Title: The Lost Stradivarius. Release Date: November 21, 2004. Character set encoding: ISO-8859-1. On leaving the university, he became tutor to the sons of Sir Andrew Noble, then vice-chairman of the Armstrong-Whitworth Company; and his ability so much impressed his employer that in 1885 he was offered a post in the firm.

Meade Falkner is somewhat of a cult figure amongst a small group of Victorian fiction aficionados. The book isn't bad, per se, but it's absolutely typical for its genre, and somewhat run-of-the-mill. The novella is a classic Victorian ghost story, detailing the obsession and gradual madness of a young student with the titular violin. There's not a lot more to it than that, and fans of the genre will be immediately familiar with this type of ghost story

Read online books written by John Meade Falkner in our e-reader absolutely for free. Books by John Meade Falkner: The Lost Stradivarius. The Lost Stradivarius.

Read online books written by John Meade Falkner in our e-reader absolutely for free. Author of The Lost Stradivarius at ReadAnyBook. One fee. Stacks of books.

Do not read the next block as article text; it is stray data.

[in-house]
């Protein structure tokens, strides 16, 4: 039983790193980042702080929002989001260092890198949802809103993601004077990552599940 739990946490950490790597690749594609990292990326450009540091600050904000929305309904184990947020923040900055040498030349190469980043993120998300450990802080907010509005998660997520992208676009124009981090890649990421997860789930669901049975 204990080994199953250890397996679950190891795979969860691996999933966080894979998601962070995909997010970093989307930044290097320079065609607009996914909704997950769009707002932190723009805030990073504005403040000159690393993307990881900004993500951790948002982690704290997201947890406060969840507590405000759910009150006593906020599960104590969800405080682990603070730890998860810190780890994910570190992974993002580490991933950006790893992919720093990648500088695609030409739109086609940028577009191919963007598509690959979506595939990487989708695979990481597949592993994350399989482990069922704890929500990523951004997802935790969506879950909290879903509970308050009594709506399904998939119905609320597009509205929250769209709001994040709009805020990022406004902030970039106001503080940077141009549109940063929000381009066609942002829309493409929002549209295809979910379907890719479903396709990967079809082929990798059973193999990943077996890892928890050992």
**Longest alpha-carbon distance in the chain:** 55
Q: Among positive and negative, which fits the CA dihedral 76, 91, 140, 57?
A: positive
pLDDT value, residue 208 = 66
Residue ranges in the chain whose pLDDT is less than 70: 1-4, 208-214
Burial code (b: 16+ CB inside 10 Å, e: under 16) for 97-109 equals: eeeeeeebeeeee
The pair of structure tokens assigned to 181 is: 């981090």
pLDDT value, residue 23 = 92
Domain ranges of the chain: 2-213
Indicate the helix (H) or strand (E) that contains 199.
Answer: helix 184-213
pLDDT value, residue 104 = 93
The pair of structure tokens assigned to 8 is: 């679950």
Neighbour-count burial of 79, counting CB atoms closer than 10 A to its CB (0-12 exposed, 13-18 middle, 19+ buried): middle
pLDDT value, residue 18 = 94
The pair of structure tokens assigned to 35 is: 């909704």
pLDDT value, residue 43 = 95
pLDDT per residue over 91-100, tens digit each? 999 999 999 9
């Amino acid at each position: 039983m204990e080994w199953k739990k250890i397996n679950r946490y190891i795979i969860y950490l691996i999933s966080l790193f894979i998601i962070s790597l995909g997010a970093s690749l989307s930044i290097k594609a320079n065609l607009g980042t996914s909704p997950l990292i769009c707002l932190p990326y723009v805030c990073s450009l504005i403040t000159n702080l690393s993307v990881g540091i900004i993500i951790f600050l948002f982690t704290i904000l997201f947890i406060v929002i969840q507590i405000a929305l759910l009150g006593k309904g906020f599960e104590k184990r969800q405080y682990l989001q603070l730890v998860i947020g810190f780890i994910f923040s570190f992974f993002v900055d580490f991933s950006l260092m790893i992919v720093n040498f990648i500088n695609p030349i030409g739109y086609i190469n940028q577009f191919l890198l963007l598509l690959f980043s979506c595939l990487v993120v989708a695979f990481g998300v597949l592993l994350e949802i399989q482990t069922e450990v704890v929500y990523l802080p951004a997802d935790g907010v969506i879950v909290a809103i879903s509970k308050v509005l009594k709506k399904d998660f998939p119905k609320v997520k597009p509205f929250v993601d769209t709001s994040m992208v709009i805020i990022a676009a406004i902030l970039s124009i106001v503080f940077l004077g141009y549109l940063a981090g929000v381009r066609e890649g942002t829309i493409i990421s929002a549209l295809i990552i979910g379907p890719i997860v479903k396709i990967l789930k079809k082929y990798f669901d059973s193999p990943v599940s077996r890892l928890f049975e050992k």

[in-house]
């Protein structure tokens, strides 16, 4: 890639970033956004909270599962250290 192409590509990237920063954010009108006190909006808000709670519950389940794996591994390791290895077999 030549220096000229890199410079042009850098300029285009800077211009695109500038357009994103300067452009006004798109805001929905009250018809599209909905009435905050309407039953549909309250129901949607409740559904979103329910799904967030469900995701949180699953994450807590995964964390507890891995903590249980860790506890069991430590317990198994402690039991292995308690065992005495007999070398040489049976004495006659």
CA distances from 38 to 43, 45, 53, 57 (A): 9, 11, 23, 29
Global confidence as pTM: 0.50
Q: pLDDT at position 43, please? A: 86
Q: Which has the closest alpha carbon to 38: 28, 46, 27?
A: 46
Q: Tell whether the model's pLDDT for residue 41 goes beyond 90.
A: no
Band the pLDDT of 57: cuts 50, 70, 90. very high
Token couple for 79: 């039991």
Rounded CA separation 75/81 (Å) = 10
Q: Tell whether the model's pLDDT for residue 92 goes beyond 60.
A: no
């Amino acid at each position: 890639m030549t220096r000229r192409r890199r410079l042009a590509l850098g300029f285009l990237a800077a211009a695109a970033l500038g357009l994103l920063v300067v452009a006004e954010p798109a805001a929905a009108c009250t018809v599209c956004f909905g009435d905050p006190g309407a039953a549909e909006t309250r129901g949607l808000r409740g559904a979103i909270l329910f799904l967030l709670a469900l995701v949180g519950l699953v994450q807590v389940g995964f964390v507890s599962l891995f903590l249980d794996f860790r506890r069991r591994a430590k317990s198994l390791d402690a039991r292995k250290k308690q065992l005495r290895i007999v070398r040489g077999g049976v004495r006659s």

The Lost Stradivarius English poet and novelist J. Meade Falkner is best remembered for his novel, Moonfleet. Chilling in the extreme, The Lost Stradivarius is a classic tale of the supernatural. While practicing in his rooms in Oxford, gifted violinist John Maltravers notices a strange phenomenon: whenever a certain air is played, a mysterious presence seems to enter. Unable to rationalize this away, Maltravers becomes increasingly unsettled, until he makes a startling discovery-tucked away in a hidden cupboard in his room is a priceless Stradivarius. English poet and novelist J.

Comments

Alien Alien
Read this book in one afternoon sitting, really enthalled with story line. Imagine relatives and an adult friend telling you about the Father you never met. Hard to imagine this author only wrote 3 books for publication but given all of the other things he accomplished in his life it is understandable. Meant to excell at everything he set his hand and mind to accomplish and did so! You will have to work through turn of the century phrases and terms but then that is the case with any book from this era. In addition to everything else it was FREE! I am older (66) so might appreciate this more than younger generation but will meet all the desires of any avid reader.